The number of students who transfer from four-year colleges and universities to two-year community colleges nationwide isn't tracked, said Martha Parham, a spokeswoman for the American Association of Community Colleges in Washington, D.C.
'We welcome them'
At NECC, Richer says the college benefits as well as the transfer students.
“They're a resource for our college, there's no doubt,” he said, suggesting the half-empty classrooms, stripped down curriculum and financial stresses the college might face without them. “They're a substantial part of our student body. We embrace it. We welcome them.”
There's a welcome mat for reverse-transfer students out at NECC's web page, where the college suggests it can fix whatever went wrong at a four-year school and help “get your education back on track.”
“Have you tried another college but had trouble making it work, whether socially, financially, or academically?” the site asks. “Then come to Northern Essex Community College! ... Our smaller class sizes and dedicated faculty make this college a great choice for you.”
That's the change Alexis Fontaine said she was looking for when she withdrew from the University of Connecticut at Storrs during the second semester of her sophomore year in 2016.
“A lot of times when you're in high school, they give you the impression that when you go to college, you should choose a four-year institution and go away from home,” said Fontaine, a 2015 graduate of Methuen High School. “For some people, that's great. I thought that's what I wanted. I thought I wanted to be further from home. Once I got out there, I realized I wasn’t ready for it."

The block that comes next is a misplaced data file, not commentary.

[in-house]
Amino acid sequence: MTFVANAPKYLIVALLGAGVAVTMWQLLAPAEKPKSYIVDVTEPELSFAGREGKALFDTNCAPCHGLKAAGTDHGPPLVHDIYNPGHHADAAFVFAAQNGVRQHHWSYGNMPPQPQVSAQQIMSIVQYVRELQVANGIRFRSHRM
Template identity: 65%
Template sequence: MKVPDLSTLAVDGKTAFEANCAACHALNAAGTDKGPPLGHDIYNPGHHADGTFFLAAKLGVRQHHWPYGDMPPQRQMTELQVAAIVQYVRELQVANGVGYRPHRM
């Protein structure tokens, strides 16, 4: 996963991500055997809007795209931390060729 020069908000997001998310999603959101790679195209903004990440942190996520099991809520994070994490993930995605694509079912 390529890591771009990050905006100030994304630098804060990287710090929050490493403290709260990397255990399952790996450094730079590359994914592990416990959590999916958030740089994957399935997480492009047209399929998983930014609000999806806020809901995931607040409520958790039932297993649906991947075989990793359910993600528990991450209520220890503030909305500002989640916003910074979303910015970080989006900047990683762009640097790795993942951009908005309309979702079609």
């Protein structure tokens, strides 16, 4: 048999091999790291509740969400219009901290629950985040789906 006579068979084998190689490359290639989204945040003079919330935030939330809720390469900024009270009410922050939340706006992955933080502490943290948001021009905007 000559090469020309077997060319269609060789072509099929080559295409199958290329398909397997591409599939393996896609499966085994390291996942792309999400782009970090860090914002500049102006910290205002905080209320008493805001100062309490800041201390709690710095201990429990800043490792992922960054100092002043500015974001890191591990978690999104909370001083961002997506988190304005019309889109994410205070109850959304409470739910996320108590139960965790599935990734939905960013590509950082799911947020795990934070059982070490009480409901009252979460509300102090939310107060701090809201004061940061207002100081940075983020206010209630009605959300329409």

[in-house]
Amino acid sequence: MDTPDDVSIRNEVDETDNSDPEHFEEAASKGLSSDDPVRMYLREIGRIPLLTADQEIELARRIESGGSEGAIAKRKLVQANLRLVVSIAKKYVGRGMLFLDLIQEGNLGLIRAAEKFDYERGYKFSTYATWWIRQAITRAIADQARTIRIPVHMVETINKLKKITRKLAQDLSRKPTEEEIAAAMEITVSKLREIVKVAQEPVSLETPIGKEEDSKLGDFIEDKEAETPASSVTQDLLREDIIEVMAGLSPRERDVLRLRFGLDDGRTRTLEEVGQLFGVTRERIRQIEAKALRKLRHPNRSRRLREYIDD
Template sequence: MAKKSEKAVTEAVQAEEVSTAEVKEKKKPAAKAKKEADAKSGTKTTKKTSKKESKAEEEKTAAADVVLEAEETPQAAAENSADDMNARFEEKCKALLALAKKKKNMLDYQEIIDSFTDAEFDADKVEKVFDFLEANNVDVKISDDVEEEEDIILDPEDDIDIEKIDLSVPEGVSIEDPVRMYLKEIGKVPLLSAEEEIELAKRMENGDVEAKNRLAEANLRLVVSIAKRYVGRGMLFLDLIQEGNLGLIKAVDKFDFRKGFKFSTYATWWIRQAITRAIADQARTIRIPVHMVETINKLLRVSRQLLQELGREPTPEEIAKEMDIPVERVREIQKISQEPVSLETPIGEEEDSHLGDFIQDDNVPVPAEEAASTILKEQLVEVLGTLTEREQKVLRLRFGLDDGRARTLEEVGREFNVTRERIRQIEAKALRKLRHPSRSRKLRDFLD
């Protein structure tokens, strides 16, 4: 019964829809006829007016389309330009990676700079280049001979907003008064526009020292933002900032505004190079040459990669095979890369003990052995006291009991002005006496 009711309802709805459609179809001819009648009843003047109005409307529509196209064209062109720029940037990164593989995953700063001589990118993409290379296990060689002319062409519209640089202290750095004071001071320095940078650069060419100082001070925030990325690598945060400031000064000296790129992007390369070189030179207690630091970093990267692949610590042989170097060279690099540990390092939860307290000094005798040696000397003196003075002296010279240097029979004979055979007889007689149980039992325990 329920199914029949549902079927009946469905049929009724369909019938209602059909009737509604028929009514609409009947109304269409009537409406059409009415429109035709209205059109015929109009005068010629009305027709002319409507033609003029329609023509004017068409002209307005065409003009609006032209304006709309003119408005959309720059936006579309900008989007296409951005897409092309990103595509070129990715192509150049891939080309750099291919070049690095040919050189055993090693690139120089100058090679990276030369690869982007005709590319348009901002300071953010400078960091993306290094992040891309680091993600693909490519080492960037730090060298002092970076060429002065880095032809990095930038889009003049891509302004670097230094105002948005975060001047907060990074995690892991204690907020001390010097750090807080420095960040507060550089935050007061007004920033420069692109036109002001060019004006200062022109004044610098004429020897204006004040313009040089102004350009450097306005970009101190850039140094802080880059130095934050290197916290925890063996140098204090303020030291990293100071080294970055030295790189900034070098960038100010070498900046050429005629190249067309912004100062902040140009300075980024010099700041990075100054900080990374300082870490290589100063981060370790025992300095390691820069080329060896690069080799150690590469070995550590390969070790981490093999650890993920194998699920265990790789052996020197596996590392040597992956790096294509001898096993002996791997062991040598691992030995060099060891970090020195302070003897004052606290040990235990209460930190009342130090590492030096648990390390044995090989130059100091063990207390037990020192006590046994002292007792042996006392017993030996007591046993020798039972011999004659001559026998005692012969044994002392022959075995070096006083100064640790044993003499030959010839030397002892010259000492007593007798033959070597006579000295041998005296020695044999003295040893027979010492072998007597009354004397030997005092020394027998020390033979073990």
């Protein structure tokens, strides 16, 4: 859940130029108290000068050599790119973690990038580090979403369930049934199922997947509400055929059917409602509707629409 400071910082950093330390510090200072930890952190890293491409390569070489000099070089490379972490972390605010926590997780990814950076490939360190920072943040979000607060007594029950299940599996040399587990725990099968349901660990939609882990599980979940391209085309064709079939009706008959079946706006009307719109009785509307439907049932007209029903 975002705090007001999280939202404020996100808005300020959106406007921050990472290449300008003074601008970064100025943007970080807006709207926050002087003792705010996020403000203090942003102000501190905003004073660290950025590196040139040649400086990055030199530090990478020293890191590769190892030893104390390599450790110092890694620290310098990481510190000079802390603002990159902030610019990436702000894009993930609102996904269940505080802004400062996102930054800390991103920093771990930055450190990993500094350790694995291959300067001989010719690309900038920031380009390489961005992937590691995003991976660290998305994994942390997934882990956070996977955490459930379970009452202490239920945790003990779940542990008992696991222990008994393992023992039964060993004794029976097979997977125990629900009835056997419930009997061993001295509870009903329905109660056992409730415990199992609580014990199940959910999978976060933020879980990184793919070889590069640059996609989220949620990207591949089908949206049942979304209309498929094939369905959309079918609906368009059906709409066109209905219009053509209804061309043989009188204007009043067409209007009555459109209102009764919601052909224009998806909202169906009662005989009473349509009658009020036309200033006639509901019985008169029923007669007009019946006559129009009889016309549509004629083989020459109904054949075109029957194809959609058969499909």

Fontaine said she felt lost among the hundreds of students in UConn's lecture halls. She said she felt further disconnected by the long waiting lists for office visits taped to her professors' doors and by professors who didn't know her name even at the end of a semester.
“I know my professors at Northern Essex,” she said. “All my professors know me.”
Data was not immediately available on the number of NECC's reverse transfer students who finish their associate's degrees and transfer back to four-year schools for another attempt at a bachelor's.
Fontaine, now 21, plans to do so. She said she'll graduate from NECC with an associate's degree in communication this summer and is applying to Merrimack College in North Andover, Southern New Hampshire University in Hooksett and the University of New Hampshire in Manchester.
Broadhurst moved to San Diego, California, last month and is taking the last two classes she needs for her associates degree online in time to graduate from NECC at the end of this semester.
She said her two-year degree from NECC will cost her $8,000 after scholarships and other assistance, compared to the $80,000 she would have spent for two years at Eckerd College. She's applying to San Diego State University, UMass Amherst and Salem (Massachusetts) State University to start working toward a four-year degree in the fall.
“I've had so many professors who genuinely care about students and are passionate about their work,” Broadhurst said of her time at NECC. “I don't want to say professors at bigger universities might not care as much, but at research universities, at larger universities, they're trying to get their own work d Storrs one. At NECC, they're just professors who want to help you succeed.”